A sidebar for Film Comment (July-August 2000). –- J.R.
Viewers feeling flummoxed by Kiarostami’s features might have an easier time with his shorts. The most important are the nine he made between 1970 and 1982 for the film division of the Center for the Intellectual Development of Children and Young Adults, which he co-founded in 1969. Assigned to make educational films, Kiarostami scoured a ‘National Film Board of Canada catalog for ideas, regarding Norman McLaren as one of his guides. More than one of his shorts uses animation: So Can I (1975) juxtaposes the movements of cartoon animals with a live-action boy’s imitations. Kiarostami’s only previous gigs had been making commercials and credit sequences for features, and from what he told me recently, he didn’t consider himself a film artist at the time.
But he took the job seriously, and what emerged are experimental films in the best sense, without pretension, akin in form to what Brecht called “learning-plays”. I don’t mean that they offer political critiques of the state of Iran or the state of Islam, as some American commentators seem to feel all Iranian films should. They’re designed to help kids reflect on ethical, aesthetic, and practical issues ranging from the virtues of brushing one’s teeth (Toothache, 1980) to the specific properties of color and sound. Read more
Below are some images from José María de Orb’s Aita (Father), a very beautiful Basque film that was just awarded the best feature prize at FICUNAM — a new film festival in Mexico City, held at the enormous and very impressive-looking Universidad Nacional Autonoma de México, where I was privileged to be president of the international feature film competition jury. My fellow jurors were Sergei Dvortsevoy, Emmanuel Burdeau, Nicolás Echevarría, and Roberto Fiesco Trejo, and we viewed sixteen features in all.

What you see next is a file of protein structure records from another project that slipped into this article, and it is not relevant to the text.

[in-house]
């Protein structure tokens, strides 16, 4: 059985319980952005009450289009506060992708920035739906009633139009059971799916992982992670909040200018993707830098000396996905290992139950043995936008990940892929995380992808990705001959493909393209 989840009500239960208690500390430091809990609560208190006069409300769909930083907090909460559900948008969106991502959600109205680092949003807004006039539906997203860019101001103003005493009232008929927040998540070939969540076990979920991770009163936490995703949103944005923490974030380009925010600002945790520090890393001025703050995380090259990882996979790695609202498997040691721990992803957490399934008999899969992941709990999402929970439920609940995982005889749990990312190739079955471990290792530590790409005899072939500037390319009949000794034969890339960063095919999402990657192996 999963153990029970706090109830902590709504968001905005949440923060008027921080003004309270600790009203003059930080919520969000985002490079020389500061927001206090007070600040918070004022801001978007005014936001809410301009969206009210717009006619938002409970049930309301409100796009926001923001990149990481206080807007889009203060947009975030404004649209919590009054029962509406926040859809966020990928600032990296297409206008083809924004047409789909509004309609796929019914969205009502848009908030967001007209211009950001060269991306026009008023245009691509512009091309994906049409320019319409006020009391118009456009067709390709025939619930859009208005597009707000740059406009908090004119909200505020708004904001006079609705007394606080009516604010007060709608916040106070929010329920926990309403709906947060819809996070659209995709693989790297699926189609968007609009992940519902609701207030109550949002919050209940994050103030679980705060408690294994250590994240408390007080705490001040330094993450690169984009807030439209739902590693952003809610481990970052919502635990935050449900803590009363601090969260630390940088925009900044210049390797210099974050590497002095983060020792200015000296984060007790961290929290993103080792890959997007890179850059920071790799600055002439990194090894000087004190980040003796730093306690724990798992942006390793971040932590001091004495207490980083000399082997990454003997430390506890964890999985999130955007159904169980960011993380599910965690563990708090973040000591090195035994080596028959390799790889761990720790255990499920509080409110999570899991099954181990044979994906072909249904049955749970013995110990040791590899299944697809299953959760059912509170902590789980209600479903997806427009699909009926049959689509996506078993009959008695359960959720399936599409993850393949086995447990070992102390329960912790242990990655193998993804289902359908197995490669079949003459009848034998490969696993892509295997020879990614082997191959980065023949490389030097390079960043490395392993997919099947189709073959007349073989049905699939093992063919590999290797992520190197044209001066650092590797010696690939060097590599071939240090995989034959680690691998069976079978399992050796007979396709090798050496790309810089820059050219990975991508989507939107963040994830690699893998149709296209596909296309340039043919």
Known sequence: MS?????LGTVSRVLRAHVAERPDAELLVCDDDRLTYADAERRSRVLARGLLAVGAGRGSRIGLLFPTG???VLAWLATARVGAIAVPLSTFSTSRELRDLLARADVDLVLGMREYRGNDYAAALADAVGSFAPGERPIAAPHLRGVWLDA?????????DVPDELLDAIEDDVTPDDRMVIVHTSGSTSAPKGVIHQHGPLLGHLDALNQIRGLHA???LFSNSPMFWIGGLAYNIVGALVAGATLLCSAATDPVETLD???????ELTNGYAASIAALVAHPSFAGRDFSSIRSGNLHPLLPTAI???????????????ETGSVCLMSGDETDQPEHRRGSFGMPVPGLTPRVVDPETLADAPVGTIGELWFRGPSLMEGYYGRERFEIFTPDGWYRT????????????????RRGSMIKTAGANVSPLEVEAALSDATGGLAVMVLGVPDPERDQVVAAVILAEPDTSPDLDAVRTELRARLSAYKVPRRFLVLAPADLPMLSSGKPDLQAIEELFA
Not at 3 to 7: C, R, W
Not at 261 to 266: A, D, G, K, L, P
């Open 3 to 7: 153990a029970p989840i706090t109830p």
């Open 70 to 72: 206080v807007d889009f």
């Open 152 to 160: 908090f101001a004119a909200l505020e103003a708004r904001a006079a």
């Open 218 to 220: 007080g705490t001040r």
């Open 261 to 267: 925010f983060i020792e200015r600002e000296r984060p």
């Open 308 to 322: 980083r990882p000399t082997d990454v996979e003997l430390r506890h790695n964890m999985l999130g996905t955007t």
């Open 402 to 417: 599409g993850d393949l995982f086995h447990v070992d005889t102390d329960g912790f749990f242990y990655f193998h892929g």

Here is our statement about our selection:
“We would like to thank this brand-new festival for adopting the overall strategy of challenging viewers rather than following more traditional paths.
“The three films we have selected are very different from one other, but one important thing they have in common is the struggle and the uncertainties about living in the present in relation to the weight of the past.
“We would first of all like to give a special mention to a very original comedy from Uruguay that confronts the so-called death of cinema with charm, modesty, and precision. Our special mention goes to La vida útil by Federico Veiroj.
“Our selection of best director goes to a filmmaker whose story about the love between a father and daughter plays against the uncertainties of life, sex, and death in relation to the cataclysmic transition in Greece from peasant culture to industrialization. Read more